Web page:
Wreck of World War 2 Aircraft Carrier USS Hornet (CV-8) Discovered

Almost a week after RV Petrel announced they had discovered the first Japanese battleship to be sunk during World War II, Battleship Hiei, the research vessel discovered the wreckage of USN aircraft carrier USS Hornet (CV-8).

The USS Hornet (CV-8) was sunk during the Battle of Santa Cruz Islands on the 27th of October, 1942, 140 of her crew went down with her. She was discovered on January 20, 2019 and was positivily identified, after footage from the wreck showed the Hornet’s naval designation: CV-8. The wreck was located at a depth of more than 17,000 feet (5,200 m) off the Solomon Islands.

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The length of the Hornet as she sits now is 205 meters measured on the flight deck. There is approximately 45 meters of the stern missing and is in the debris field 1 nautical mile away. You can also see the initial impact crater as Hornet hit the bottom and slid 100 meters.”, according to RV Petrel.

A Japanese Type 99 Aichi D3A1 dive bomber (Allied codename "Val") trails smoke as it dives toward the U.S. Navy aircraft carrier USS Hornet (CV-8), during the morning of 26 October 1942. This plane struck the ship's stack and then her flight deck. A Type 97 Nakajima B5N2 torpedo plane ("Kate") is flying over Hornet after dropping its torpedo, and another "Val" is off her bow
A Japanese Type 99 Aichi D3A1 dive bomber (Allied codename “Val”) trails smoke as it dives toward the U.S. Navy aircraft carrier USS Hornet (CV-8), during the morning of 26 October 1942. This plane struck the ship’s stack and then her flight deck. A Type 97 Nakajima B5N2 torpedo plane (“Kate”) is flying over Hornet after dropping its torpedo, and another “Val” is off her bow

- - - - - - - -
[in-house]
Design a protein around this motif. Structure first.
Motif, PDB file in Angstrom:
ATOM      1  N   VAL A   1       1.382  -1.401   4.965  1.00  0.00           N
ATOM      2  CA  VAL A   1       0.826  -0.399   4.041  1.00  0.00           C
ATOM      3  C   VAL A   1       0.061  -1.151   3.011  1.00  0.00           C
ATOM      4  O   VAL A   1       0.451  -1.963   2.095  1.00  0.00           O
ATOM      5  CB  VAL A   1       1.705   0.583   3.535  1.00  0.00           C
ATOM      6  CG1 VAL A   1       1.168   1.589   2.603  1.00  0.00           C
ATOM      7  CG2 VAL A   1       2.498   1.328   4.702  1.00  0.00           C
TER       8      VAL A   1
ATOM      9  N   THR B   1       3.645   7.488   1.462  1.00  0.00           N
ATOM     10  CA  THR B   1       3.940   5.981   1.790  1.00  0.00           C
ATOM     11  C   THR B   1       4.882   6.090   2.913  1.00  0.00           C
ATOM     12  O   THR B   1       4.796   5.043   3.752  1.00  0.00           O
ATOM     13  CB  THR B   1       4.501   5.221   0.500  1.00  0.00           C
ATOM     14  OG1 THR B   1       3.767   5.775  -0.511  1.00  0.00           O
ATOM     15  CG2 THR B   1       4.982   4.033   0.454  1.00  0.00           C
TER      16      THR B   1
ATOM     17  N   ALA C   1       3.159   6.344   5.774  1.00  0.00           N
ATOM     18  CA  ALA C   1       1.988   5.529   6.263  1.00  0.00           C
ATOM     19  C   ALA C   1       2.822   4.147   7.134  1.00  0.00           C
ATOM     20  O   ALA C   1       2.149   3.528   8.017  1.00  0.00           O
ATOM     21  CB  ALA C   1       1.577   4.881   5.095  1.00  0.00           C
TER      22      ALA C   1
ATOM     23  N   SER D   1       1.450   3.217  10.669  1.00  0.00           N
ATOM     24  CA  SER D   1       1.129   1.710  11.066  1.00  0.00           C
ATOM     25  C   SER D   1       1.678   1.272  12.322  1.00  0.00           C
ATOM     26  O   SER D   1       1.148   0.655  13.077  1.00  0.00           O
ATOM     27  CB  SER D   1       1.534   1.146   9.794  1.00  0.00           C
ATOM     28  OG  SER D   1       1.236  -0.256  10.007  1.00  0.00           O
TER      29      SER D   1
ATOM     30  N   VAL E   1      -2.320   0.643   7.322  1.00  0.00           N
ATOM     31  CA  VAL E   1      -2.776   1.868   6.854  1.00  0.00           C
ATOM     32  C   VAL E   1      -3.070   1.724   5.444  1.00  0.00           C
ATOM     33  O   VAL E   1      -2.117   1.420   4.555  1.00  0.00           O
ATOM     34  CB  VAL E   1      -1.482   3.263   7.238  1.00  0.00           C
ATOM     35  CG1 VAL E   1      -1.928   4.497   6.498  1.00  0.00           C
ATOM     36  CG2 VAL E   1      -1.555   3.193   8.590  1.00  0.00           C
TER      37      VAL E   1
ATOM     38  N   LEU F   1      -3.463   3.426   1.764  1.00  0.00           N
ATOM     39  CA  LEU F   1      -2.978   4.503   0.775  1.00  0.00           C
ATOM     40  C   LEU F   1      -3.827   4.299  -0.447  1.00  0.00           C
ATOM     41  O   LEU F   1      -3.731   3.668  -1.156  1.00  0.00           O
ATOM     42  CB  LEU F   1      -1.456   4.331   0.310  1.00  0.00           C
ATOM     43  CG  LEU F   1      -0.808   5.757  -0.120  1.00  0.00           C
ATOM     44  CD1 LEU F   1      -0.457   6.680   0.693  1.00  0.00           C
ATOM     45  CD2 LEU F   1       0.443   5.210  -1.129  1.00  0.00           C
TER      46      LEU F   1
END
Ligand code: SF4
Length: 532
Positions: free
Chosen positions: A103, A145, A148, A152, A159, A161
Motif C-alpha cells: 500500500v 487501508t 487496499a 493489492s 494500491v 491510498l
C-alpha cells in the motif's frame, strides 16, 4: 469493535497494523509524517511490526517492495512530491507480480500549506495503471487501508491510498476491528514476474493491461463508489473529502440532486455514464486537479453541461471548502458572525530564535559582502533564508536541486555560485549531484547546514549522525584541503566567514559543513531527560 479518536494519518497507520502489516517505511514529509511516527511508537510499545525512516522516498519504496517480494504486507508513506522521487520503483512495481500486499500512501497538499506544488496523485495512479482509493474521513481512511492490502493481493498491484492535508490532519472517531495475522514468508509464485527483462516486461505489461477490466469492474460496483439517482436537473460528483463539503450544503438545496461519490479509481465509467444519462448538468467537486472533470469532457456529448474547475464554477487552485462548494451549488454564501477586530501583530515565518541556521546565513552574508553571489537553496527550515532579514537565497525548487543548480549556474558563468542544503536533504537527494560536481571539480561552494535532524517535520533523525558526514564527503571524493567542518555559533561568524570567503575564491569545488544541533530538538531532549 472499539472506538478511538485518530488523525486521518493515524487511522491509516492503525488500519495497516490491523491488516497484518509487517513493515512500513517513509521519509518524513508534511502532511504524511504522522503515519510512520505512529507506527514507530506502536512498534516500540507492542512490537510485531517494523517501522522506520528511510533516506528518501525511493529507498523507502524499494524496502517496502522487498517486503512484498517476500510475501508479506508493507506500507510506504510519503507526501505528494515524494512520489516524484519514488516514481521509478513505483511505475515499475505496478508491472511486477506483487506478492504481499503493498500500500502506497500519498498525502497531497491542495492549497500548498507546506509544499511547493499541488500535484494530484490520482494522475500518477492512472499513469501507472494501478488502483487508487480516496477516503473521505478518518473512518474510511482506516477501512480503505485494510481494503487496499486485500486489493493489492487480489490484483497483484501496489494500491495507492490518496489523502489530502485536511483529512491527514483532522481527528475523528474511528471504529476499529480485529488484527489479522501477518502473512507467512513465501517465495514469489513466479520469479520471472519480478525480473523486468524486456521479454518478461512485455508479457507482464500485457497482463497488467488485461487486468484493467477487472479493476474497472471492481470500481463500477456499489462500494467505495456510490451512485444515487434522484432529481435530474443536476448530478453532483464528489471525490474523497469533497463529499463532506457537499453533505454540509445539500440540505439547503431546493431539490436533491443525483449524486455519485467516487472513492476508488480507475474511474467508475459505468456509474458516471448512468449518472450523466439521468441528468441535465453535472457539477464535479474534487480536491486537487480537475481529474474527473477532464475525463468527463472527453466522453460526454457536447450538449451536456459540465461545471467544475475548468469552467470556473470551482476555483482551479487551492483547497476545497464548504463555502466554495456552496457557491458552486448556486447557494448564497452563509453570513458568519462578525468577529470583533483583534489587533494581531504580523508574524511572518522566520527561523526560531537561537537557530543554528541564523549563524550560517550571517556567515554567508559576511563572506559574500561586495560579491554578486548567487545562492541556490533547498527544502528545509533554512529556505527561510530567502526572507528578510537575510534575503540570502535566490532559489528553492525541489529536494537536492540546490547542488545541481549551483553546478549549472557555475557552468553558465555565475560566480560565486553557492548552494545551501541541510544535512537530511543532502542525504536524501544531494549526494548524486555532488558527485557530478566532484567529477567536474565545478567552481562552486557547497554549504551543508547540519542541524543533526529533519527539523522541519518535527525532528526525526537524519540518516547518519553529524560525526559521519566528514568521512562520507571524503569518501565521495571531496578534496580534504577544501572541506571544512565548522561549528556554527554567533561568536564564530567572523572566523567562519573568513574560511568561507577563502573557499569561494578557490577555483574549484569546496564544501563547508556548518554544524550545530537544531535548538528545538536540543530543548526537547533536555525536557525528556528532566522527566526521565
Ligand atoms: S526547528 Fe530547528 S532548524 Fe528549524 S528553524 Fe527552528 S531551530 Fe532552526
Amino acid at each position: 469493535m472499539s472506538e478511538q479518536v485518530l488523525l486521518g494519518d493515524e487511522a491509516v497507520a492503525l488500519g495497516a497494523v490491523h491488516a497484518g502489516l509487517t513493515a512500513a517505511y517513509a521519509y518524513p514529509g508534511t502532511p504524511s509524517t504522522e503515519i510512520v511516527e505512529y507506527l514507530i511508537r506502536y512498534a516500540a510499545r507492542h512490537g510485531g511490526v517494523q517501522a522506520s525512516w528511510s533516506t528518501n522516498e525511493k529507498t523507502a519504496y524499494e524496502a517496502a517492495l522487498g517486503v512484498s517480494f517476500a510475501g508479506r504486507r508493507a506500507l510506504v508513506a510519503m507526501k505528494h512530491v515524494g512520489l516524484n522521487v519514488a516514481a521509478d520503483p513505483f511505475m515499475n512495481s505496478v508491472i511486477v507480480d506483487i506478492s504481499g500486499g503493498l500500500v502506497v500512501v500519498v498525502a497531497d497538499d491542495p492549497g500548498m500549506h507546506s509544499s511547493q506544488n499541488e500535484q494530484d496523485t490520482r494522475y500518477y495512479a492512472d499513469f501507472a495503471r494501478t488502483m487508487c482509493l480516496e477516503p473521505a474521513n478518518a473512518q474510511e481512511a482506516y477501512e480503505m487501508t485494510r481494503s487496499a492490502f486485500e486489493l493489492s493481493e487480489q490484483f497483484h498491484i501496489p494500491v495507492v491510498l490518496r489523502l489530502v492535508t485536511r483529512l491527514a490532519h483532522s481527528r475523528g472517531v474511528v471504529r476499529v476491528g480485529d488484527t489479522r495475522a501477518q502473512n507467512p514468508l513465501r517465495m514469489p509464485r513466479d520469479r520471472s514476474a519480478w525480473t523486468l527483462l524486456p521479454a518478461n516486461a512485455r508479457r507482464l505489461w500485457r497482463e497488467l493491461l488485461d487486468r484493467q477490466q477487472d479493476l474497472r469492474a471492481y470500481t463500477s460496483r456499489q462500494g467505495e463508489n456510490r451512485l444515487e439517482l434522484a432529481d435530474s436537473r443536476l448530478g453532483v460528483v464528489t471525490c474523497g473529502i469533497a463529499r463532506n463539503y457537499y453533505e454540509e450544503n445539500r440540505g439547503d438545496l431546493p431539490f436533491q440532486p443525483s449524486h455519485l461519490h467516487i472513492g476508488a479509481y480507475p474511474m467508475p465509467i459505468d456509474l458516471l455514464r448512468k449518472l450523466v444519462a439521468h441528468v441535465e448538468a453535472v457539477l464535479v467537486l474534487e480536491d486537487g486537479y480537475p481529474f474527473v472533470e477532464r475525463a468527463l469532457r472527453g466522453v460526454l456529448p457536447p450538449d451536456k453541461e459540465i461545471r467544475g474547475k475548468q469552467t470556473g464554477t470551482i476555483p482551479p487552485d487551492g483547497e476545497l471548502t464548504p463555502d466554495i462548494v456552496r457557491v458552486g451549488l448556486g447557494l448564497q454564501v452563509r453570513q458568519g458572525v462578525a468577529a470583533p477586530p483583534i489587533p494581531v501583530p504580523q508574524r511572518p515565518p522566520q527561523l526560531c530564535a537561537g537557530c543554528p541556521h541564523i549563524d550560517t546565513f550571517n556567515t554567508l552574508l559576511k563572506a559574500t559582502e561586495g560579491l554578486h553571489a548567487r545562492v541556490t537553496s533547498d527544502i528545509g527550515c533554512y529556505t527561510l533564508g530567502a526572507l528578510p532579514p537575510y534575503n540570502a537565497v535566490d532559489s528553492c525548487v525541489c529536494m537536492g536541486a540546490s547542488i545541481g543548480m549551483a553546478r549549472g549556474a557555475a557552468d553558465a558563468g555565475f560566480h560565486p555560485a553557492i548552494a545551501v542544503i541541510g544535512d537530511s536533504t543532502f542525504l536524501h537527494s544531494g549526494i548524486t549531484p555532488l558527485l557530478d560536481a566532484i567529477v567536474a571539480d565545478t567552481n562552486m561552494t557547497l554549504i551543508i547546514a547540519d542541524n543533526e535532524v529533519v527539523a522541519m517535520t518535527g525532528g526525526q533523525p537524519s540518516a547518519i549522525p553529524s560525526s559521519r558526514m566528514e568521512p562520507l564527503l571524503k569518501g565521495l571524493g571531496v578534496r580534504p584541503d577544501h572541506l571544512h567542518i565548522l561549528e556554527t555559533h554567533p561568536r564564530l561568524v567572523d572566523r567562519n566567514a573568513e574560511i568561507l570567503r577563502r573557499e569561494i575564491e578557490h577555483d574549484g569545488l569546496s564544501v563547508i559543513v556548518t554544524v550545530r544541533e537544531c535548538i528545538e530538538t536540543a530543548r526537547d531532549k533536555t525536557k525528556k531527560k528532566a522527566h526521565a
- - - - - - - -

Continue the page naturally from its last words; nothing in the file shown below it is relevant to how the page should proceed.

The Hornet is best known for for the Doolittle Raid, when on April 18, 1942, sixteen B-25B Mitchell medium bombers were launched without fighter escort from the aircraft carrier USS Hornet (CV-8) deep in the Western Pacific Ocean.

During the Battle of the Santa Cruz Islands where she was irreparably damaged by enemy torpedo and dive bombers on October 26, 1942. Faced with an approaching Japanese surface force, the Hornet was abandoned and later torpedoed and sunk by approaching Japanese destroyers around 0100 hours on 27th of October, 1942. 140 sailors when down with her. Hornet was the last US fleet carrier to be sunk by enemy fire.

More photographs from the wreckage. Captions and photographs courtesy of Navigea Ltd. R/V Petrel:

This is the hangar deck on the main part of the USS Hornet on the starboard side. You can see Hornet is nearly buried up to the Hangar Deck.
This is the hangar deck on the main part of the ship on the starboard side. You can see Hornet is nearly buried up to the Hangar Deck.
Another picture with possibe damage from a torpedo or impacting the seafloor. That is the hangar deck visible towards the top of the photo.
Another picture with possibe damage from a torpedo or impacting the seafloor. That is the hangar deck visible towards the top of the photo.
The hull number, 8, visible on the port bow
The hull number, 8, visible on the port bow.
On Northamptons last attempt at towing the Hornet they attached a cable to the port anchor chain visible here leading forward. The starboard anchor is visible in the lower left of the photo.
On Northamptons last attempt at towing the Hornet they attached a cable to the port anchor chain visible here leading forward. The starboard anchor is visible in the lower left of the photo.
The F4F Wildcat from the debris field and shown in the sonar mosaic.
The F4F Wildcat from the debris field and shown in the sonar mosaic.
A 20mm Oerlikon AA gun on the port quarter. This part of the ship is 1 nautical mile from the main part of the wreck.
A 20mm Oerlikon AA gun on the port quarter. This part of the ship is 1 nautical mile from the main part of the wreck.
The forward air defense station.
The forward air defense station.
The forward air defense station.
The forward air defense station.
This is the starboard forward 5" gun mount p
This is the starboard forward 5″ gun mount.
An Anti-Aircraft projectile still in the fuse setter for the starboard forward gun in the previous photo.
An Anti-Aircraft projectile still in the fuse setter for the starboard forward gun in the previous photo.
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1 thought on “Wreck of World War 2 Aircraft Carrier USS Hornet (CV-8) Discovered”

  1. Margaret C Nicosia

    Paul Allen and Vulcan have been the backers of the Petral and its journey of discovering our US History If you have not watched the 3 segments of the USS Indianapolis story, you are missing out on the stories of other great American Heroes

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